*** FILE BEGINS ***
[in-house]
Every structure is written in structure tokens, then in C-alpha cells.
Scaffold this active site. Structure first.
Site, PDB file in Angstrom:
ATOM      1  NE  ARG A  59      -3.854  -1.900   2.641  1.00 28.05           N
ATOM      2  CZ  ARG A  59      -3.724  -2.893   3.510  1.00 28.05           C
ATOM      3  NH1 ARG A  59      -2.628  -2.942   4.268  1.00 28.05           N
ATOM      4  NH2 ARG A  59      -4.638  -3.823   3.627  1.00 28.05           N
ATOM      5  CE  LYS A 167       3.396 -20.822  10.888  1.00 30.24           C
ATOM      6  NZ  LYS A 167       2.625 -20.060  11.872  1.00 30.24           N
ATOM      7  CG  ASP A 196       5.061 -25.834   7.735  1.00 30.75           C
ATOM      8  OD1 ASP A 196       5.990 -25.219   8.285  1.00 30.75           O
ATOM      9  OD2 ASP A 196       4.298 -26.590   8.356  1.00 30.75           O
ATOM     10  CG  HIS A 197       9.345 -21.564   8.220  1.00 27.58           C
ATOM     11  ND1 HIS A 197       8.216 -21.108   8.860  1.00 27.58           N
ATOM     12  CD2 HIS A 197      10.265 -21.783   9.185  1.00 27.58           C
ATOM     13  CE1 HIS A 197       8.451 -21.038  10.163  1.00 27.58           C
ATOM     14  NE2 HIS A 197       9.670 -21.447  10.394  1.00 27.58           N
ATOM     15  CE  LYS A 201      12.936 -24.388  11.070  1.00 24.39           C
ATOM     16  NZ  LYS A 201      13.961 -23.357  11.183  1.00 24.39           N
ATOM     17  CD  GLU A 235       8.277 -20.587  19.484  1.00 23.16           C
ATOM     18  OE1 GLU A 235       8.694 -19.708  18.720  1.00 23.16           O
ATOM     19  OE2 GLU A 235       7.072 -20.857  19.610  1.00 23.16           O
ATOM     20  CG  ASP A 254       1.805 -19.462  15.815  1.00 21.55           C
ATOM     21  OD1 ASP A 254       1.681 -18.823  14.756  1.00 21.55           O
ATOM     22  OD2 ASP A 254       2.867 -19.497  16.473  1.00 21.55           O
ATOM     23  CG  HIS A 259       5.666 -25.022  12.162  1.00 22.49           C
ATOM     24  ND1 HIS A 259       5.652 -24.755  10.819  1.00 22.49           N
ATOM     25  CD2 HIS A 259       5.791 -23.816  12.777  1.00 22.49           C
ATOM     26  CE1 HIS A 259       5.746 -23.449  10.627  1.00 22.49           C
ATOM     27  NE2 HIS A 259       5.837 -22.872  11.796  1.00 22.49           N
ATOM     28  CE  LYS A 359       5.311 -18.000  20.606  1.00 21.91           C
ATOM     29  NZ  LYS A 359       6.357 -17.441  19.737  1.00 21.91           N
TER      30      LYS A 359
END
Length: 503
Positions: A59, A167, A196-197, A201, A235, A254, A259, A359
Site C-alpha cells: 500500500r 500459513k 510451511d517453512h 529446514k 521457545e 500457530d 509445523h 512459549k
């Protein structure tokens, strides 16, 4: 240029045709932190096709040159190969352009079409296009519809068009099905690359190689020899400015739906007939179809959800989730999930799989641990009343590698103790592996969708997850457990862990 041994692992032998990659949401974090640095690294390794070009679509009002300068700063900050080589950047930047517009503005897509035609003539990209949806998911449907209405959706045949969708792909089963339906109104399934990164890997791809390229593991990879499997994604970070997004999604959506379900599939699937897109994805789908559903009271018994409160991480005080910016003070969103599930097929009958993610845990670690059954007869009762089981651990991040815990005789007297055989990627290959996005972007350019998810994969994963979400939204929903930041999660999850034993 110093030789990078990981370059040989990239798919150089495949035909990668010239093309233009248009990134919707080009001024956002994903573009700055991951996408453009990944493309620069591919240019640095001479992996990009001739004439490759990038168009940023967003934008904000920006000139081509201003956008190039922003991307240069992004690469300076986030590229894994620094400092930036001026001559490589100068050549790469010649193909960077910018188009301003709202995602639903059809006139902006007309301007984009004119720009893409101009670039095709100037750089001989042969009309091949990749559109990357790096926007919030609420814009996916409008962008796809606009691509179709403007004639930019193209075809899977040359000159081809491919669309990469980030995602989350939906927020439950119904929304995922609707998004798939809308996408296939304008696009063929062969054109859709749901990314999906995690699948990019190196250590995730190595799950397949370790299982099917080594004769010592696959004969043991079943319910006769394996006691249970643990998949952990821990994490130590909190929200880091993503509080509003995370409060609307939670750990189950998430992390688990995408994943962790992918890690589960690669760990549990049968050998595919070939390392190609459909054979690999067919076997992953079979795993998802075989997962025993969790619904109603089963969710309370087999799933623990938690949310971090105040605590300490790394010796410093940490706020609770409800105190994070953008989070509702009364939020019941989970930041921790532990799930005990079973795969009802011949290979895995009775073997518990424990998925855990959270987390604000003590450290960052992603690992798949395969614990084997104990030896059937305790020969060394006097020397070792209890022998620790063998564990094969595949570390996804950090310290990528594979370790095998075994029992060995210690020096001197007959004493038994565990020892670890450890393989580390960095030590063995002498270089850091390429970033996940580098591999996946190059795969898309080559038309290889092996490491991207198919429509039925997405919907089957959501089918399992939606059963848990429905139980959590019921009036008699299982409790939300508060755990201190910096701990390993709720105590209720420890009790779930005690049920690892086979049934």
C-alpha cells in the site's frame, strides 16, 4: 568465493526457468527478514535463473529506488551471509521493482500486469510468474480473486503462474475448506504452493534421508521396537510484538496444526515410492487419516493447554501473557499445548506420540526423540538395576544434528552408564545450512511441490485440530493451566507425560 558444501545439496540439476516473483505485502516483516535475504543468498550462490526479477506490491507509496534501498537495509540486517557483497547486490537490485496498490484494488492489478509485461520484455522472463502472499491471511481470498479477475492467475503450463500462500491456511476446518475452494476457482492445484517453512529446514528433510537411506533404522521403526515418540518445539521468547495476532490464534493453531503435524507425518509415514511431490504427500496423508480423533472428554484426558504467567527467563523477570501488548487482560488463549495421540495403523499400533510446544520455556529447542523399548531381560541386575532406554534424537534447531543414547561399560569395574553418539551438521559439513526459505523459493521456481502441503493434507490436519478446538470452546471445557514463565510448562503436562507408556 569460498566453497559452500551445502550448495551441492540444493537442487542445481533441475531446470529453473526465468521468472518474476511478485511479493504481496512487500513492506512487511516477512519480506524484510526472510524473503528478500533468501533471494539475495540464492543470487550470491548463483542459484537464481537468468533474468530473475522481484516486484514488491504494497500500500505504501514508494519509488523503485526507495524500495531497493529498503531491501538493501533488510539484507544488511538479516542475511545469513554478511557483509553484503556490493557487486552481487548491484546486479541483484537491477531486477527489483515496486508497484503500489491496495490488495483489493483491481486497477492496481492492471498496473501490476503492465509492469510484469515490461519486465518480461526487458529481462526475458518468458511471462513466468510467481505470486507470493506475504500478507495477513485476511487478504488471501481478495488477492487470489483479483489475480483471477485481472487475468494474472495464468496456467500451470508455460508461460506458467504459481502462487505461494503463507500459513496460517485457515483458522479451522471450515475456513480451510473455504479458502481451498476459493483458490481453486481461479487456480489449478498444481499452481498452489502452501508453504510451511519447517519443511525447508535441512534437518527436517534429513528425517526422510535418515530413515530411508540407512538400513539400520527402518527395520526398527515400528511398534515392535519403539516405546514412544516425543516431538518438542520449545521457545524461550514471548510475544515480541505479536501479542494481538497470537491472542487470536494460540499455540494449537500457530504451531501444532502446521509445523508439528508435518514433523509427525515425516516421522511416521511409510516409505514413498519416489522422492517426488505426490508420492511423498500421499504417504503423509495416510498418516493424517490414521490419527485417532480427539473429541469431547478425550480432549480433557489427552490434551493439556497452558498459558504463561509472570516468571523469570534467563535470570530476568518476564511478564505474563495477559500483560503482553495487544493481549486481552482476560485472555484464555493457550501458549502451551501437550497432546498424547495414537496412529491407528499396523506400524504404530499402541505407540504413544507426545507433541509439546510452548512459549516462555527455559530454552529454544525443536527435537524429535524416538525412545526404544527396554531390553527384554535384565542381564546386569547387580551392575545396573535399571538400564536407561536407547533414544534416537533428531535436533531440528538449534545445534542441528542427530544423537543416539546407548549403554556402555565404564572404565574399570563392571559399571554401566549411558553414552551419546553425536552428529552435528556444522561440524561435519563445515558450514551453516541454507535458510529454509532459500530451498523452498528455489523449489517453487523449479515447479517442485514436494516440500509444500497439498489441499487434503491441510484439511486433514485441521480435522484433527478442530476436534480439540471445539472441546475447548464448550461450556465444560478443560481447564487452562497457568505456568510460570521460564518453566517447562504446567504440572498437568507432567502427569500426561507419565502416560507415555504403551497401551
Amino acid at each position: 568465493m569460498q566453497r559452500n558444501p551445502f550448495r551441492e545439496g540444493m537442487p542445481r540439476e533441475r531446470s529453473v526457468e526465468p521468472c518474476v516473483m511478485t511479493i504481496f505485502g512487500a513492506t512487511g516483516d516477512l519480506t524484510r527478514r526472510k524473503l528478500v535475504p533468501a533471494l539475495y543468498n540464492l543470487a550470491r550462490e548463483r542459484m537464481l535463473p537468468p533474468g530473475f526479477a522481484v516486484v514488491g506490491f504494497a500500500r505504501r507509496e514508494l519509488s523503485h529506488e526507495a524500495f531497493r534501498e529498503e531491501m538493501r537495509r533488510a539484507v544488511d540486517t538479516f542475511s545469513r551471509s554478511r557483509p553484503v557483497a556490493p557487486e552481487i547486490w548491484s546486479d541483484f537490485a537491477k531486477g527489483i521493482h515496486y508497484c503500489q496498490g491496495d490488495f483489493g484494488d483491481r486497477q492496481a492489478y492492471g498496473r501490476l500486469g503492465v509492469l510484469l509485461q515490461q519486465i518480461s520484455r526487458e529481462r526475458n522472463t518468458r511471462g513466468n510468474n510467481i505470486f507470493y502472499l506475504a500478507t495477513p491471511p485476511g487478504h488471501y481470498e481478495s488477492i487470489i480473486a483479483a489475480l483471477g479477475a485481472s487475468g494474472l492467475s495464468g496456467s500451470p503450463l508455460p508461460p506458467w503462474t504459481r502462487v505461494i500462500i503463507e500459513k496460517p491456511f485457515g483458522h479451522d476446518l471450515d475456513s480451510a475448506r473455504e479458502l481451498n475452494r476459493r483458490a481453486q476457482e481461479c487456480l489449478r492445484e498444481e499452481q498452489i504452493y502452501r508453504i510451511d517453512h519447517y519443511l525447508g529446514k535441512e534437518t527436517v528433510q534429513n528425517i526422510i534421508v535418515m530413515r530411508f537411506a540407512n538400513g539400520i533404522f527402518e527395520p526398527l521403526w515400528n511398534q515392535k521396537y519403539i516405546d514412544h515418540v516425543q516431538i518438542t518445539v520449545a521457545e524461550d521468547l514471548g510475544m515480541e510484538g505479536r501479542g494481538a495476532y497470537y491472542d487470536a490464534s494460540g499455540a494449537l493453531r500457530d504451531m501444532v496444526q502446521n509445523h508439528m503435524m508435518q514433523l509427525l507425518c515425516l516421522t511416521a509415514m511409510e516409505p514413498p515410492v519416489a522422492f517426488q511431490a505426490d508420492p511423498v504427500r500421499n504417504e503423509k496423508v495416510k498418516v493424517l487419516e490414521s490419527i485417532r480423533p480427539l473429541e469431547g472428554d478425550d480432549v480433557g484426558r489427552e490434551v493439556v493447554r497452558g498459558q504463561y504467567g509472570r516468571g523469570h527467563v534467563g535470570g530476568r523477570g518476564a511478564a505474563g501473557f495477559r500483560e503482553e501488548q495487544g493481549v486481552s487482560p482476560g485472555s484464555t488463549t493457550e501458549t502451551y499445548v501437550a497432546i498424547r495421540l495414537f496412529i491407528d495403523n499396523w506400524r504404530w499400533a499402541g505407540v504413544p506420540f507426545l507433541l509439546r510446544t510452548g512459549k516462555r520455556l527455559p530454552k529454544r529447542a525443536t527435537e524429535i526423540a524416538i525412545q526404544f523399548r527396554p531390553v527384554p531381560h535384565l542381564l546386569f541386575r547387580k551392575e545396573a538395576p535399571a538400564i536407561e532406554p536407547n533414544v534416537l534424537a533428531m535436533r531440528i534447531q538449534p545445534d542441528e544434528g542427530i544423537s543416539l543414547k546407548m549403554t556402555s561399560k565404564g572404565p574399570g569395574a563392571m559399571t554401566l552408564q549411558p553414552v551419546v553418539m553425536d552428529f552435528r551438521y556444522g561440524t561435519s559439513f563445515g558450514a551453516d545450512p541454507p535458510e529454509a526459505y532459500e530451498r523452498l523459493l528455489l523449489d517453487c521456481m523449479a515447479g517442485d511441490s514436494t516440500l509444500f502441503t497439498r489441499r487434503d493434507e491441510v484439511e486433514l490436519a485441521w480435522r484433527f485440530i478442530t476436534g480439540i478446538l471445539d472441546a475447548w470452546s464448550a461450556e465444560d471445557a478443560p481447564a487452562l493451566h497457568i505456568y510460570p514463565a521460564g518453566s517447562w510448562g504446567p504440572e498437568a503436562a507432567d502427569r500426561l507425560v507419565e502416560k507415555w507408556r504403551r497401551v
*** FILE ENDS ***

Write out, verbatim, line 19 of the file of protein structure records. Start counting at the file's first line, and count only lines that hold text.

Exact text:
ATOM     15  CE  LYS A 201      12.936 -24.388  11.070  1.00 24.39           C